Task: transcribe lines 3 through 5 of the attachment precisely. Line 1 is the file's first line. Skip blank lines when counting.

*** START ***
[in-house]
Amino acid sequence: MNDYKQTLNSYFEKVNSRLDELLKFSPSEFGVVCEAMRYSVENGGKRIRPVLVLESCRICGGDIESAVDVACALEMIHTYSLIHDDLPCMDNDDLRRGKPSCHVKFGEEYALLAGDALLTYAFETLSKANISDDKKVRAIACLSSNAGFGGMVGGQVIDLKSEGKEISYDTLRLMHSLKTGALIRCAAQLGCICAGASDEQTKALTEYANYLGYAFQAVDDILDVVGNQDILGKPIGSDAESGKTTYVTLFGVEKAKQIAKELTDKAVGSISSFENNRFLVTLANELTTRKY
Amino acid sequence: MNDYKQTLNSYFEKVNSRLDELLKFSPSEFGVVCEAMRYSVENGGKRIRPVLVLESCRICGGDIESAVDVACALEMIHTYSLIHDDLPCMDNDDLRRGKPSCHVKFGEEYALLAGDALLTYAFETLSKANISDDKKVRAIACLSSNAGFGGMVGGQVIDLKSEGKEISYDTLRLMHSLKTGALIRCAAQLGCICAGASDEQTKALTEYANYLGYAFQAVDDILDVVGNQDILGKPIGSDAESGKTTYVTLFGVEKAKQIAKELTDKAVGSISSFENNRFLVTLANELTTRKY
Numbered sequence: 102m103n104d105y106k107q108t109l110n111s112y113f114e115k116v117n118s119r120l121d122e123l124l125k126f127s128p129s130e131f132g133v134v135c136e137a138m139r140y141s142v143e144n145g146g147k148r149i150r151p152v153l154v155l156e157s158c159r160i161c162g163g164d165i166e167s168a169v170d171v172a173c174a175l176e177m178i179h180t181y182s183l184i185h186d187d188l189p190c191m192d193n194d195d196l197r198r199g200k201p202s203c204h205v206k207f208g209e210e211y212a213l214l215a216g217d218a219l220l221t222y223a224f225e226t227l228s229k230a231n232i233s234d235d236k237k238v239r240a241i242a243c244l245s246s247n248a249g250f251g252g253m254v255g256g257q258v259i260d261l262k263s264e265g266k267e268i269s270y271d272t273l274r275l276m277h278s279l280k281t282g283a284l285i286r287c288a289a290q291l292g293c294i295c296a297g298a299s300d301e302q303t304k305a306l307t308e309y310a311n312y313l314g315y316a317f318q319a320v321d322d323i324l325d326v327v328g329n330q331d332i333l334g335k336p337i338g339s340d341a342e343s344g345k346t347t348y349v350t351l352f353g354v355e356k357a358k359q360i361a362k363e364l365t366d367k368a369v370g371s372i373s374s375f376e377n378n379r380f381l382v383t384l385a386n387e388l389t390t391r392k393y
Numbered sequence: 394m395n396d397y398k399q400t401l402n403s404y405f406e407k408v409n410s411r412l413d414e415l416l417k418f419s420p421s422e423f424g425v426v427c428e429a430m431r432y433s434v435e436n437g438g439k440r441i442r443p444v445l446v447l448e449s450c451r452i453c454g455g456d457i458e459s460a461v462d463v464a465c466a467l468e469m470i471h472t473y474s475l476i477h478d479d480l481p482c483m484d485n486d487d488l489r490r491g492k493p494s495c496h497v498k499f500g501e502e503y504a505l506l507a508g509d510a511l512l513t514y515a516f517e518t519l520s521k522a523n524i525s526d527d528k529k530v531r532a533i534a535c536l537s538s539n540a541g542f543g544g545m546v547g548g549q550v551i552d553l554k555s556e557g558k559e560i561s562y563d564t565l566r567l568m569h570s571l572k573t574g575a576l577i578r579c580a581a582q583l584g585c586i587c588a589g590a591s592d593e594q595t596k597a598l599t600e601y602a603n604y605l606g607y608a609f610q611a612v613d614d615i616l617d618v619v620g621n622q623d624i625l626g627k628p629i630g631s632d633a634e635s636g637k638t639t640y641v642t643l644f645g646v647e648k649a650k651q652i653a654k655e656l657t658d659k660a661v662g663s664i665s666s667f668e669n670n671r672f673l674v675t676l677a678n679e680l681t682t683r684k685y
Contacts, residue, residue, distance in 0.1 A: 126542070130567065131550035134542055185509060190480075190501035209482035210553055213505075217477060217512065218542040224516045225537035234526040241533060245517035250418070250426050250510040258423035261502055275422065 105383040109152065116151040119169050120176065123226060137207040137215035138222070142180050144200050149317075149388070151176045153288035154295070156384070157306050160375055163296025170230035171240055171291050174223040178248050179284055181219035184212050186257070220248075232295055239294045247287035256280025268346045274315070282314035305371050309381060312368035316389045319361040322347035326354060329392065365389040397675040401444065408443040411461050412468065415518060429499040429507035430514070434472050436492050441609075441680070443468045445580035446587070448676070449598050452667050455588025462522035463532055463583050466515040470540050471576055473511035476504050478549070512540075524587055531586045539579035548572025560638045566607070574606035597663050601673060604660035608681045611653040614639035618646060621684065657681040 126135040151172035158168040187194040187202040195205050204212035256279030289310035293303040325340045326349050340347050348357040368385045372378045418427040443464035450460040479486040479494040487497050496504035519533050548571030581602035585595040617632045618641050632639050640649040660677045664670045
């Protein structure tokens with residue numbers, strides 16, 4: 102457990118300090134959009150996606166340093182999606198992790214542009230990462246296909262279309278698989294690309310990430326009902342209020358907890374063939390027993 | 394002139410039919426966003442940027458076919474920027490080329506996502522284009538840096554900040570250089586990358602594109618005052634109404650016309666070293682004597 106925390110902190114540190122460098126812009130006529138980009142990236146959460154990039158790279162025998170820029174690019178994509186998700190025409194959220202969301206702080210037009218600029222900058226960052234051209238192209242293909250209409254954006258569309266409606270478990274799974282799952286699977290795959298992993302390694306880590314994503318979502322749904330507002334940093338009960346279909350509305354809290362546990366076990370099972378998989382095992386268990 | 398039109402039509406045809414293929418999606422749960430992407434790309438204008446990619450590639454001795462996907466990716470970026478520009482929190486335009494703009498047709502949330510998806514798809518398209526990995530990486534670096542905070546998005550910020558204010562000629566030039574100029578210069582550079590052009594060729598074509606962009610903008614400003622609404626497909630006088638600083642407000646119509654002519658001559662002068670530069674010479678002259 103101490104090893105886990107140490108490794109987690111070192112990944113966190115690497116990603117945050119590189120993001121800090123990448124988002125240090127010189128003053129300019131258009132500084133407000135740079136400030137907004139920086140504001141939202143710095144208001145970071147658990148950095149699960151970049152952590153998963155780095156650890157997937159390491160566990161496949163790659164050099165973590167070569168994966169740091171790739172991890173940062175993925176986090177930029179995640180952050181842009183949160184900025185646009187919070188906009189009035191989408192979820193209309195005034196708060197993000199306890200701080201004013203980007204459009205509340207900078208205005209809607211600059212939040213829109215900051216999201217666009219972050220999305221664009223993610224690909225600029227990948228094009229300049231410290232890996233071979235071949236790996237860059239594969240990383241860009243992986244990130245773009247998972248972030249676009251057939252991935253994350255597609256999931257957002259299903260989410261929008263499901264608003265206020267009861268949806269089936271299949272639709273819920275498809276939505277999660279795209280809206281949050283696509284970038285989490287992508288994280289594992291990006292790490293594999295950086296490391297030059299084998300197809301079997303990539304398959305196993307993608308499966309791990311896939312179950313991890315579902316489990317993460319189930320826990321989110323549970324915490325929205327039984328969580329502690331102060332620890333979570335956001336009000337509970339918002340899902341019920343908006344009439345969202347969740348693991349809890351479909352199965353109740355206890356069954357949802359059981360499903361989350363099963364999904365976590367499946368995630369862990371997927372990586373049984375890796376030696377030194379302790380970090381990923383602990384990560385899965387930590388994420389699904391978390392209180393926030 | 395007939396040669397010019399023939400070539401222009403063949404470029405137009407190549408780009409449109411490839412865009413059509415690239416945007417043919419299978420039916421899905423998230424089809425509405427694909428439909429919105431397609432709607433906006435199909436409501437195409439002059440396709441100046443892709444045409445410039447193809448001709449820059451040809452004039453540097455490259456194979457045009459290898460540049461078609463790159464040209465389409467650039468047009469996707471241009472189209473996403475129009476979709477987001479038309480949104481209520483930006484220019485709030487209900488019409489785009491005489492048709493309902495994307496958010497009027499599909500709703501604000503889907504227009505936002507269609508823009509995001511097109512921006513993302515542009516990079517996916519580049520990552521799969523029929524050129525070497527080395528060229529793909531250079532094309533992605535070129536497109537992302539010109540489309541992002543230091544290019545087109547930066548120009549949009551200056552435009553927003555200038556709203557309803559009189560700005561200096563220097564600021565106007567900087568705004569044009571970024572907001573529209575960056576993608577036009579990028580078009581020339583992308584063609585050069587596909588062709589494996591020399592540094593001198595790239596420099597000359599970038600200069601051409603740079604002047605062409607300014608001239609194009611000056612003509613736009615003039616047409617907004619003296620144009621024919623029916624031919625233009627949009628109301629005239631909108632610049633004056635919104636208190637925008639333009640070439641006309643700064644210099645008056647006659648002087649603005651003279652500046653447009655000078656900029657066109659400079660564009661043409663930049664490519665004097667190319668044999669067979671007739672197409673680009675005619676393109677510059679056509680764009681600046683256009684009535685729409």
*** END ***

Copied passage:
Amino acid sequence: MNDYKQTLNSYFEKVNSRLDELLKFSPSEFGVVCEAMRYSVENGGKRIRPVLVLESCRICGGDIESAVDVACALEMIHTYSLIHDDLPCMDNDDLRRGKPSCHVKFGEEYALLAGDALLTYAFETLSKANISDDKKVRAIACLSSNAGFGGMVGGQVIDLKSEGKEISYDTLRLMHSLKTGALIRCAAQLGCICAGASDEQTKALTEYANYLGYAFQAVDDILDVVGNQDILGKPIGSDAESGKTTYVTLFGVEKAKQIAKELTDKAVGSISSFENNRFLVTLANELTTRKY
Numbered sequence: 102m103n104d105y106k107q108t109l110n111s112y113f114e115k116v117n118s119r120l121d122e123l124l125k126f127s128p129s130e131f132g133v134v135c136e137a138m139r140y141s142v143e144n145g146g147k148r149i150r151p152v153l154v155l156e157s158c159r160i161c162g163g164d165i166e167s168a169v170d171v172a173c174a175l176e177m178i179h180t181y182s183l184i185h186d187d188l189p190c191m192d193n194d195d196l197r198r199g200k201p202s203c204h205v206k207f208g209e210e211y212a213l214l215a216g217d218a219l220l221t222y223a224f225e226t227l228s229k230a231n232i233s234d235d236k237k238v239r240a241i242a243c244l245s246s247n248a249g250f251g252g253m254v255g256g257q258v259i260d261l262k263s264e265g266k267e268i269s270y271d272t273l274r275l276m277h278s279l280k281t282g283a284l285i286r287c288a289a290q291l292g293c294i295c296a297g298a299s300d301e302q303t304k305a306l307t308e309y310a311n312y313l314g315y316a317f318q319a320v321d322d323i324l325d326v327v328g329n330q331d332i333l334g335k336p337i338g339s340d341a342e343s344g345k346t347t348y349v350t351l352f353g354v355e356k357a358k359q360i361a362k363e364l365t366d367k368a369v370g371s372i373s374s375f376e377n378n379r380f381l382v383t384l385a386n387e388l389t390t391r392k393y
Numbered sequence: 394m395n396d397y398k399q400t401l402n403s404y405f406e407k408v409n410s411r412l413d414e415l416l417k418f419s420p421s422e423f424g425v426v427c428e429a430m431r432y433s434v435e436n437g438g439k440r441i442r443p444v445l446v447l448e449s450c451r452i453c454g455g456d457i458e459s460a461v462d463v464a465c466a467l468e469m470i471h472t473y474s475l476i477h478d479d480l481p482c483m484d485n486d487d488l489r490r491g492k493p494s495c496h497v498k499f500g501e502e503y504a505l506l507a508g509d510a511l512l513t514y515a516f517e518t519l520s521k522a523n524i525s526d527d528k529k530v531r532a533i534a535c536l537s538s539n540a541g542f543g544g545m546v547g548g549q550v551i552d553l554k555s556e557g558k559e560i561s562y563d564t565l566r567l568m569h570s571l572k573t574g575a576l577i578r579c580a581a582q583l584g585c586i587c588a589g590a591s592d593e594q595t596k597a598l599t600e601y602a603n604y605l606g607y608a609f610q611a612v613d614d615i616l617d618v619v620g621n622q623d624i625l626g627k628p629i630g631s632d633a634e635s636g637k638t639t640y641v642t643l644f645g646v647e648k649a650k651q652i653a654k655e656l657t658d659k660a661v662g663s664i665s666s667f668e669n670n671r672f673l674v675t676l677a678n679e680l681t682t683r684k685y